America awoke to terror Sunday morning after reports confirmed the deadliest mass shooting on U.S. soil had taken place overnight.

A gunman who claimed allegiance with ISIS walked into Pulse, a gay nightclub in Orlando, Florida, around 2 a.m., shooting and killing 50 people and injuring 50 others attending the nightclub.

The attack was confirmed to be a domestic terrorist act and hate crime against the LGBT community, according to NBC News.

“The fact that it took place at a club frequented by the LGBT community I think is also relevant,” President Obama said in a statement from the White House. “We’re still looking at all the motivations of the killer. But it’s a reminder that regardless of race, religion, faith or sexual orientation, we’re all Americans, and we need to be looking after each other and protecting each other at all times in the face of this kind of terrible act.”

Lindsey Johnson, a senior from Orlando studying communication, said it felt unreal to have her hometown be associated with such a terrible crime.

“This was a terrorist attack,” Johnson said. “It was a hate crime against the LGBTQ+ community. It just proves that it’s dangerous to be gay in this day and age, even if same-sex marriage has been legalized. Homophobia is still very real.”

Johnson’s brother is an Orlando, Florida, resident who is gay. She said he had attended the very nightclub that was attacked just a few weeks prior to the attack, which is what Johnson said terrified her the most. She said it was not some distant attack that she read about online. She said for her, it was personal.

“At first, my brother was in denial about it,” Johnson said. “He didn’t really react. Then once it hit him what had happened, he just couldn’t stop crying. The death toll just really hit him, and he lost it. That’s his community. That could have been him.”

You may also be interested in Students attend Rexburg Candlelight vigil for Orlando Shooting


The Church of Jesus Christ of Latter-day Saints released a statement following the attack Sunday afternoon.

“With the rest of the nation, we mourn the tragic loss of life and serious injuries that occurred in Orlando this morning,” according to the statement. “We pray for the families and loved ones of the victims of this senseless shooting and pray they will be comforted and cared for as they seek to heal. Our prayers and support are also with community leaders and law enforcement officials as they continue to investigate this shocking crime.”

Brett Evans, a BYU-Idaho alumnus who is gay, said the Church hit the nail on the head but wished it had been more specific toward the LGBT community.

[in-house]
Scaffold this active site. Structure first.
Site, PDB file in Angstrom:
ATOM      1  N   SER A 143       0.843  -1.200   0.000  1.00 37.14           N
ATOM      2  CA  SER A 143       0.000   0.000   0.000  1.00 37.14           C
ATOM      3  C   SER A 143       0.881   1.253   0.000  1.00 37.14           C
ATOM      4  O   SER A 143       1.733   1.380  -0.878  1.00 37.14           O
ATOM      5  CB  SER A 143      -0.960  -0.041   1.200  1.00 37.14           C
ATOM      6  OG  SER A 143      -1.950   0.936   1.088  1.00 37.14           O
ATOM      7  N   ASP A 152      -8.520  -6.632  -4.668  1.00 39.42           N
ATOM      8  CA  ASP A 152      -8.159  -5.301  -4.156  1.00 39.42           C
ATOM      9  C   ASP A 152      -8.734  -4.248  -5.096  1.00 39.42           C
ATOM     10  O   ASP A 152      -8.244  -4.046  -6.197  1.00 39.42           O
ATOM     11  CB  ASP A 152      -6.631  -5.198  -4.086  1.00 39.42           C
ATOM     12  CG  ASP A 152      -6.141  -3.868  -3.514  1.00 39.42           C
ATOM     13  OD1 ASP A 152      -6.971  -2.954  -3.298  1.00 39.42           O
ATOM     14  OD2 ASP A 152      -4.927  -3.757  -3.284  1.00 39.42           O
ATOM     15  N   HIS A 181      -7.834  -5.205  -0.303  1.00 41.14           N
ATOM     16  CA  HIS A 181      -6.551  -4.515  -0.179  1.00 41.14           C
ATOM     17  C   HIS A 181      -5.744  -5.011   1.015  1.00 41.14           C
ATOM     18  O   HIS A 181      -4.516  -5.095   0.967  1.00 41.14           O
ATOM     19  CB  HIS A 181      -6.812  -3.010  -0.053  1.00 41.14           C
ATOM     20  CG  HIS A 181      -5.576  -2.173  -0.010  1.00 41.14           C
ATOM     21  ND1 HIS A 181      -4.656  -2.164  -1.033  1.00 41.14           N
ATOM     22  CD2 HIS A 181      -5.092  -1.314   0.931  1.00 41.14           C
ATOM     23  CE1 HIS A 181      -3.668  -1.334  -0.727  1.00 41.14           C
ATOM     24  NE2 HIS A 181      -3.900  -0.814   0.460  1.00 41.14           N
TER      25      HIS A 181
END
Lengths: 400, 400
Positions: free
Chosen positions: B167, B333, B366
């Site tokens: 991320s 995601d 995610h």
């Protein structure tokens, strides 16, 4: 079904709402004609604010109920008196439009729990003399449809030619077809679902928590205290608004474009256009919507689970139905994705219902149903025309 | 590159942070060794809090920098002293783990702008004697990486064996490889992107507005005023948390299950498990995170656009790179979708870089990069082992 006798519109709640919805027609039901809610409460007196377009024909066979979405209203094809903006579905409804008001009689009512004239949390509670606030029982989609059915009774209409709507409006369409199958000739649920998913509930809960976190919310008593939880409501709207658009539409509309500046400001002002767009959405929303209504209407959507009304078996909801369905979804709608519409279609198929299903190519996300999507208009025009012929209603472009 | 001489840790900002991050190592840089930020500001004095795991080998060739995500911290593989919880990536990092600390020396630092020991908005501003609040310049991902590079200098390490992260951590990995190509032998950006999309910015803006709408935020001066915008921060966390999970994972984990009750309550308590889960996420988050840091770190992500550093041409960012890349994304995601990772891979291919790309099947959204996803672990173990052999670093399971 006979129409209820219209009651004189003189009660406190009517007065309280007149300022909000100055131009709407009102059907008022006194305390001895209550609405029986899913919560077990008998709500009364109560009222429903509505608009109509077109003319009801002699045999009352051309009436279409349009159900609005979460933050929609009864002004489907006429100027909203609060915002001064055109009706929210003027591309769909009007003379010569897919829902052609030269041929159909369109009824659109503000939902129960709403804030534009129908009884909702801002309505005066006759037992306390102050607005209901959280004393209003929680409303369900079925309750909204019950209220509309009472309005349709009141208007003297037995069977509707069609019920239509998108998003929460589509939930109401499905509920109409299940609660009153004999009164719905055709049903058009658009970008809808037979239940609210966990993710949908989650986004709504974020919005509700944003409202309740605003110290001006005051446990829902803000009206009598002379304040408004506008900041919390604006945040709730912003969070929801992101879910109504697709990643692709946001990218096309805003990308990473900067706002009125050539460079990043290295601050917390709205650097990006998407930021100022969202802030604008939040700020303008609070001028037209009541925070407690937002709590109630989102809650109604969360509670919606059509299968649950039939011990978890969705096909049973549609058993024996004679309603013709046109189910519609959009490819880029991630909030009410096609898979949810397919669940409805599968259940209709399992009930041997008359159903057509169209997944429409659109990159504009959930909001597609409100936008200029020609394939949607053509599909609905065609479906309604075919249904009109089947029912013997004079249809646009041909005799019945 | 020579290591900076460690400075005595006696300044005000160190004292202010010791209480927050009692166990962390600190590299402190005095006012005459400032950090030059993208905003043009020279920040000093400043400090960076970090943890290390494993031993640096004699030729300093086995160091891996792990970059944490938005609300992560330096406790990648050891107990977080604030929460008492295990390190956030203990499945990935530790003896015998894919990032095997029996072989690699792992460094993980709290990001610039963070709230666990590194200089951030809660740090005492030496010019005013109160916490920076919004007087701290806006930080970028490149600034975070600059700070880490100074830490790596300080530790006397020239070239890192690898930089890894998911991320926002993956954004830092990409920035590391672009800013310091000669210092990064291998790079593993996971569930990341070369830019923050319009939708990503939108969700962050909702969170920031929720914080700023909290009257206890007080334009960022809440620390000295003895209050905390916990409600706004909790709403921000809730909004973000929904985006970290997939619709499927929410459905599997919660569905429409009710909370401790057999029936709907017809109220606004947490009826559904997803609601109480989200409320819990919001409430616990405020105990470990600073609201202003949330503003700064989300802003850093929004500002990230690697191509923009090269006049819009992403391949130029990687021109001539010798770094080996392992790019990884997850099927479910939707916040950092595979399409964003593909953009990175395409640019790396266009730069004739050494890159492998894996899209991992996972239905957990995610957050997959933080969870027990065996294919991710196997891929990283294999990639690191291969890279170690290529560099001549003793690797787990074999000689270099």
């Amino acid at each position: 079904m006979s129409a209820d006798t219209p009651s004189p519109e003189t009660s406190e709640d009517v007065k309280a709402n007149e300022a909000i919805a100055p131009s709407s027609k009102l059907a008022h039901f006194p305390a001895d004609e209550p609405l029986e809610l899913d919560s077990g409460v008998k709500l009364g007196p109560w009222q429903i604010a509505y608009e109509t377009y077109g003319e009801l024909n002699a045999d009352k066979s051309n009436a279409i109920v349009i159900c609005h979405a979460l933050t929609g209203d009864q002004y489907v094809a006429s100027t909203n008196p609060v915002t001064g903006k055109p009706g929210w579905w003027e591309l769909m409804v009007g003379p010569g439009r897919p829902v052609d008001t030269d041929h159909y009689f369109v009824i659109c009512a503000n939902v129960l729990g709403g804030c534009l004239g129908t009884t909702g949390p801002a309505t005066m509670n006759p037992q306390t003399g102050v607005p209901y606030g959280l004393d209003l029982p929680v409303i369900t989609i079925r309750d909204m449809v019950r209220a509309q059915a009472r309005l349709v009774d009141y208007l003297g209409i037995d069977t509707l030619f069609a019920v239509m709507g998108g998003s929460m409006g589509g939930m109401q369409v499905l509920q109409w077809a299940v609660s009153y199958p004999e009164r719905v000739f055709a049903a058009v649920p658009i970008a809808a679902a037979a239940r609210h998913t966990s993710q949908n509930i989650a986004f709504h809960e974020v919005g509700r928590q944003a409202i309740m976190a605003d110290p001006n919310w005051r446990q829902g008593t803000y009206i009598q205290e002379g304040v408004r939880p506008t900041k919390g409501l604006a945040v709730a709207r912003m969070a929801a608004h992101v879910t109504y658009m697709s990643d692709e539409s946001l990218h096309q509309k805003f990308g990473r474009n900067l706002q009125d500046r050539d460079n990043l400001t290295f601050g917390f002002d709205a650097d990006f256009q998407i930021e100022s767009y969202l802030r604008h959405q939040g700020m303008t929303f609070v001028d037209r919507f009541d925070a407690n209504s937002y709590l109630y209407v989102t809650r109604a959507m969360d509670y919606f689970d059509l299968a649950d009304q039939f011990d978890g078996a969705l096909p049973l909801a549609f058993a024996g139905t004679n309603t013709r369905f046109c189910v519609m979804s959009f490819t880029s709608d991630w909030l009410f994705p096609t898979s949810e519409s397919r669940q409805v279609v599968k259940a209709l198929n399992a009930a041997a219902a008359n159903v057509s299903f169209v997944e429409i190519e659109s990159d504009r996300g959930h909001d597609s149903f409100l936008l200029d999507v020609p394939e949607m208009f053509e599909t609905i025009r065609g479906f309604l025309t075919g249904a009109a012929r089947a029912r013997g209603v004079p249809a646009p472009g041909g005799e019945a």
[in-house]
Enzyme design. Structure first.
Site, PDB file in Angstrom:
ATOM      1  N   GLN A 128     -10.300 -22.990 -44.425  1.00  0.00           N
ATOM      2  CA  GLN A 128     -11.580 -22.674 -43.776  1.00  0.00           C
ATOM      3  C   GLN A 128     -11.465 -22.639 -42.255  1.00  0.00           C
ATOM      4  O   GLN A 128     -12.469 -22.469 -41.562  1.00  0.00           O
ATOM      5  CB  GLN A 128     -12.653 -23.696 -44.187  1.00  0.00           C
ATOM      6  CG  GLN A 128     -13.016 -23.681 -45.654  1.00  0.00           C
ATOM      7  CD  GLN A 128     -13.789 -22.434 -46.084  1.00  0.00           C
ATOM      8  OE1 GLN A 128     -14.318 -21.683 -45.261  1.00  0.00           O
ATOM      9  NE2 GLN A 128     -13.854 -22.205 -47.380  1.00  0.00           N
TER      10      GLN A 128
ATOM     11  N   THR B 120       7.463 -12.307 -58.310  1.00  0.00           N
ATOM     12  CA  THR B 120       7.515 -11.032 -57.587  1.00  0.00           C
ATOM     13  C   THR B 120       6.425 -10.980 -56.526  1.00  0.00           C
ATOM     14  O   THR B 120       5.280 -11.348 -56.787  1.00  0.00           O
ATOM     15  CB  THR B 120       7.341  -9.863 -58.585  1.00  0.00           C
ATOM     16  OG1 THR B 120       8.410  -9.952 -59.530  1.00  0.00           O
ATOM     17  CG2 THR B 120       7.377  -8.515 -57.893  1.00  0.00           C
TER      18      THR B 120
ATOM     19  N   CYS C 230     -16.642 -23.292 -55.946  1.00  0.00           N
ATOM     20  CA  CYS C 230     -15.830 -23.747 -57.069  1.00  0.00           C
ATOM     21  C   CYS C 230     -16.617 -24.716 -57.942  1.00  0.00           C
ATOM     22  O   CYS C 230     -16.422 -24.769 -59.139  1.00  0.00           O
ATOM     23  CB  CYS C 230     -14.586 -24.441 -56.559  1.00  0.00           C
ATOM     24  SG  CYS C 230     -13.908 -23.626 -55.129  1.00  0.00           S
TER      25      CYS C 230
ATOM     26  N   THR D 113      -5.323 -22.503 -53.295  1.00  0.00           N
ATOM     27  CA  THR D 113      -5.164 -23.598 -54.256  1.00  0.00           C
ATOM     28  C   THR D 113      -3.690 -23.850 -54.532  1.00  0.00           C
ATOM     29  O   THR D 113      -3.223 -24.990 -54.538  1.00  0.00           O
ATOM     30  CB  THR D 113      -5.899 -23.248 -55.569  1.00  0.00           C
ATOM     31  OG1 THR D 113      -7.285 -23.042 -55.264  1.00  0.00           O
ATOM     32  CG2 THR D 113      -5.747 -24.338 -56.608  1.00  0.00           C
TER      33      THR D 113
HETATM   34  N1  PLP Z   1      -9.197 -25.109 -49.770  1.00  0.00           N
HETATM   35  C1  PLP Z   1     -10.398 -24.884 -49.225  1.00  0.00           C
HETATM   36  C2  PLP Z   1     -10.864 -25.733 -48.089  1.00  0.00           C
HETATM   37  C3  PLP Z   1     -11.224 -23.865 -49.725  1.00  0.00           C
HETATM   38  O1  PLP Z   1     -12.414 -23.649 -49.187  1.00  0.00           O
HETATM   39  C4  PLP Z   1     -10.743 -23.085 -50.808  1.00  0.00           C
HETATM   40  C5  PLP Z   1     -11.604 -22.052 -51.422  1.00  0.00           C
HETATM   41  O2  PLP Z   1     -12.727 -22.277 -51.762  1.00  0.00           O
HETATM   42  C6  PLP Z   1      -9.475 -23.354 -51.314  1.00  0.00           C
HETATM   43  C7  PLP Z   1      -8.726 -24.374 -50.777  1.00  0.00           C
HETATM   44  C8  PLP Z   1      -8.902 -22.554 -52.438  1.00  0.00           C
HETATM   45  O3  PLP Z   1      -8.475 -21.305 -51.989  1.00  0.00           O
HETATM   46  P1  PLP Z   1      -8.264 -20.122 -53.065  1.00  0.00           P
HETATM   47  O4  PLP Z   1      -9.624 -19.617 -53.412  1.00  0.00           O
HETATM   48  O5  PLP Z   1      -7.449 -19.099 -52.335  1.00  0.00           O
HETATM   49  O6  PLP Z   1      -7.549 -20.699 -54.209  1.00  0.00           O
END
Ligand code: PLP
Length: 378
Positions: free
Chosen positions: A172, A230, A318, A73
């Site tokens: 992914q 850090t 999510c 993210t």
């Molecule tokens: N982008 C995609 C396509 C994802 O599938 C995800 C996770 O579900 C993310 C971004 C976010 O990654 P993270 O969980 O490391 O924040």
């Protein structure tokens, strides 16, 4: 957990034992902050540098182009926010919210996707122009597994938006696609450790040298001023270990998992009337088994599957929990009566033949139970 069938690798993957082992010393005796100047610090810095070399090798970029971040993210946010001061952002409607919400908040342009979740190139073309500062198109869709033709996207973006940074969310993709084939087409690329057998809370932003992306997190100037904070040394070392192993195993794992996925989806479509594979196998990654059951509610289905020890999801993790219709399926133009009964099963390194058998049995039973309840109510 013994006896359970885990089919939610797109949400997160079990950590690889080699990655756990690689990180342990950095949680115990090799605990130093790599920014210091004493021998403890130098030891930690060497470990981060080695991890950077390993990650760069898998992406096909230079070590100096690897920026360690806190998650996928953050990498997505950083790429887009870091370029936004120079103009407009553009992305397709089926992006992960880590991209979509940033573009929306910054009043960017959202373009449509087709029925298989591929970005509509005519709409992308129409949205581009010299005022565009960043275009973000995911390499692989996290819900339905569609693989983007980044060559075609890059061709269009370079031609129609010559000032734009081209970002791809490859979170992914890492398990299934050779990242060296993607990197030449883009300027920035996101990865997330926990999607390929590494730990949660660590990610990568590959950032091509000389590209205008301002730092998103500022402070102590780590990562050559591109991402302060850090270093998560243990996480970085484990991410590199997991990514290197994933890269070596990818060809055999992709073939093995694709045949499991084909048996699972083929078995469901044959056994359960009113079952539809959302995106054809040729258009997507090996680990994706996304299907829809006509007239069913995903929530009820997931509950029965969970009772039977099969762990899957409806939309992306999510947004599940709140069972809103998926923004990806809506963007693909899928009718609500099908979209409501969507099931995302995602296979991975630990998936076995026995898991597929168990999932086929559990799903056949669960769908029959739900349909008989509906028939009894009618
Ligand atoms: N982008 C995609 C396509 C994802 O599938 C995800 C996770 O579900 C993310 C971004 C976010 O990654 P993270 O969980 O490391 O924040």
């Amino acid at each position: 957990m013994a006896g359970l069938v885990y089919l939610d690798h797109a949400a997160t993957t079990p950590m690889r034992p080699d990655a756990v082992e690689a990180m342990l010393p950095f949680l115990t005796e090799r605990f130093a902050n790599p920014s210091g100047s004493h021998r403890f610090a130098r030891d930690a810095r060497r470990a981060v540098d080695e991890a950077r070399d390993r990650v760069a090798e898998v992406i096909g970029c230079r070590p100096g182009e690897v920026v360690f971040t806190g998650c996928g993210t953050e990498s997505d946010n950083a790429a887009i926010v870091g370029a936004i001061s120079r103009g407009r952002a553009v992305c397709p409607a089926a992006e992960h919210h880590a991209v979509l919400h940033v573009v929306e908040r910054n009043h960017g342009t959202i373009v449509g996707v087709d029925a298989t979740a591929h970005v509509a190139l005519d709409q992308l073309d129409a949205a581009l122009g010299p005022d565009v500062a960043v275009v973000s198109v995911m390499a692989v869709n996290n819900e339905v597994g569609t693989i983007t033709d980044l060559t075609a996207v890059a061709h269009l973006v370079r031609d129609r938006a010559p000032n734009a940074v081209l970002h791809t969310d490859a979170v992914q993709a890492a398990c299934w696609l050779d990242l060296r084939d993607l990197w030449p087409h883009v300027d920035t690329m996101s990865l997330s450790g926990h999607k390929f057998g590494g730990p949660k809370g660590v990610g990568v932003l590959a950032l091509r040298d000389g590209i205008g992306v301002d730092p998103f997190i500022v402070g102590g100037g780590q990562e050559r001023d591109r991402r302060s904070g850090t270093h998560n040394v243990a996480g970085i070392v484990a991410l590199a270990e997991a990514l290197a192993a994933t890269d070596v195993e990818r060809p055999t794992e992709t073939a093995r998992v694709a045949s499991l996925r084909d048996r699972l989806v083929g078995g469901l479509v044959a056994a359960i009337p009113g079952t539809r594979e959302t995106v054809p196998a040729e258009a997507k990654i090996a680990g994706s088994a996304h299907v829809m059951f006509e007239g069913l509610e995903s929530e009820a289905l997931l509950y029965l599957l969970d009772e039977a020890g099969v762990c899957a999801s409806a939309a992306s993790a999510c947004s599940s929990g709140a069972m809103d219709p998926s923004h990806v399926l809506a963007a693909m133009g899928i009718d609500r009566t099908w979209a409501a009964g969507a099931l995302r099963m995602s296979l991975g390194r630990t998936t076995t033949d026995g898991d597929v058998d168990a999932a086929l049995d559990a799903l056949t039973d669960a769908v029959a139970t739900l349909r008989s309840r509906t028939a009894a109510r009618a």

“I nevertheless appreciate (the statement’s) truth,” Evans said. “In so many ways, the Church is a great example of how to show love without changing one’s morals. While I disagree with some of its policies and procedures, I still am grateful for any response that calls for love and support.”

Evans said this is a time for all of America to come together, regardless of differences, and set aside politics and religion to grieve and show love and support.

“Fifty people died this weekend,” Evans said. “The loved ones of 50 human beings will never again experience the love they had to offer. It doesn’t matter that those 50 people were gay, and your opinions on homosexuality don’t matter in this scenario. None of those 50 people deserved to lose their lives so early in life. Many of them were younger than you are.”

Willy Rose, a BYU-I alumnus who is gay, said BYU-I students can get involved by donating money to online-style charities, such as, which has already raised over $2 million.

“Another thing (students) can do to help make sure their hearts and actions reflect charity and kindness towards LGBTQ+ people,” Rose said.

Evans said he hopes and prays that he will never see a tragedy like this again in his lifetime.

“I never want to see another mosque, black church, gay bar, elementary school or college campus shot up in the name of God, religion or other supposed moral high ground,” Evans said. “Absolutely nothing justifies any level of hatred; it’s the most devilish, evil emotion there is. In the heart of love, there’s room for respectful discourse and disagreement.”